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12th SUNDAY (A) June 25, 2017

Jeremiah 20: 10-13; Psalm 69; Romans 5: 12-15; Matthew 10: 26-33

by Jude Siciliano, OP

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Dear Preachers:


  The 12th

Sunday in



Welcome to the latest email recipients of "First Impressions," the parishioners of Our Lady of Peace Parish, New Providence, New Jersey.

Prophets just don’t know when to keep quiet! If they did they would wouldn’t have such a hard time in life. Jeremiah is a good example of a prophet with an unrestrained tongue. He was called by God to be a prophet in unsettled times in Israel’s history. The nation’s leaders had made political alliances as a way to secure security. Jeremiah accused them of turning from trusting God to the reliance on worldly powers. He prophesied the destruction of Jerusalem and exile for the people. This put him at odds with his contemporaries and especially the religious leaders. The priest Pashur had him arrested and scourged for his seeming betrayal.

After his release Jeremiah continued his prophecy of doom, destruction and exile. Things looked so bad for him that even his friends were waiting for his fall. Just prior to today’s passage Jeremiah voices his frustration, hurt and anger with God. "You duped me, O Lord, and I let myself be duped; you were too strong for me and you triumphed" (20:7). Jeremiah accused God of tricking him into his ministry. He didn’t know what he was taking on when he said "yes" to his mission. That’s a common experience, not only for those called to be prophets, but for all who have said "yes" to God’s call. It seems that in every parish where I preach there are people doing ministry who say, "I never knew what I was getting into." While that’s not always a complaint, it does express an involvement in service they didn’t anticipate at the beginning.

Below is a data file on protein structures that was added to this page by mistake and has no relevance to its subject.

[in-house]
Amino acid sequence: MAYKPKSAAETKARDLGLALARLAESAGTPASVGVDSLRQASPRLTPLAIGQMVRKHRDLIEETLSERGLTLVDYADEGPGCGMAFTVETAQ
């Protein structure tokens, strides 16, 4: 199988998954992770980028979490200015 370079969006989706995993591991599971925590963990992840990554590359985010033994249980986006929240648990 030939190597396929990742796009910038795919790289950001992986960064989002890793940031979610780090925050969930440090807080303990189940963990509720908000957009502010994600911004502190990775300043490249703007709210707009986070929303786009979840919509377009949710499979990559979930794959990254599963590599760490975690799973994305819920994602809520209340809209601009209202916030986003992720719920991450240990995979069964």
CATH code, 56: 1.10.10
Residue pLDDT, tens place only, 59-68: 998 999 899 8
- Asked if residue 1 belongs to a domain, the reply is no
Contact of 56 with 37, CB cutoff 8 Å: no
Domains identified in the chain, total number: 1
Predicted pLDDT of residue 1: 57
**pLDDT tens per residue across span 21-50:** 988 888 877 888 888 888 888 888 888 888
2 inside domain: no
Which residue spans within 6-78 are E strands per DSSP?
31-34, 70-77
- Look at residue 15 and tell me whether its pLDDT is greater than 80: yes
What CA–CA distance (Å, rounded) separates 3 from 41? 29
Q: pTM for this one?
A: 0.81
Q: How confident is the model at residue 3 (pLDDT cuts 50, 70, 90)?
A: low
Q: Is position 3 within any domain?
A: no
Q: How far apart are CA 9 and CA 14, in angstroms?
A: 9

But it certainly was a complaint for Jeremiah. The demands put on him because of his prophetic ministry were severe. Who could blame him for his complaint to God? (So numerous were these complaints that his name is used to describe any complaint or lament – "jeremiads"). Today’s passage doesn’t end with "jeremiads" though. Did you notice the "but" Jeremiah speaks? That is where the passage turns. After he voices the seeming hopelessness of his situation, from somewhere down deep his faith interrupts. "But," the Lord is with me…."

We can pray for that faith today especially, if like Jeremiah, we are at the end of our rope and our human resources are not enough, or just worn out. The afflictions might come, as Jeremiah’s did, as a consequence of doing or saying what is right and just. Or, we might be suffering physical ailments, family breakdown, prejudice, unemployment, addiction, etc. Like Jeremiah we know that, on our own, we don’t have the strength or resources we need. Remember his "But." With him we trust "the Lord is with me."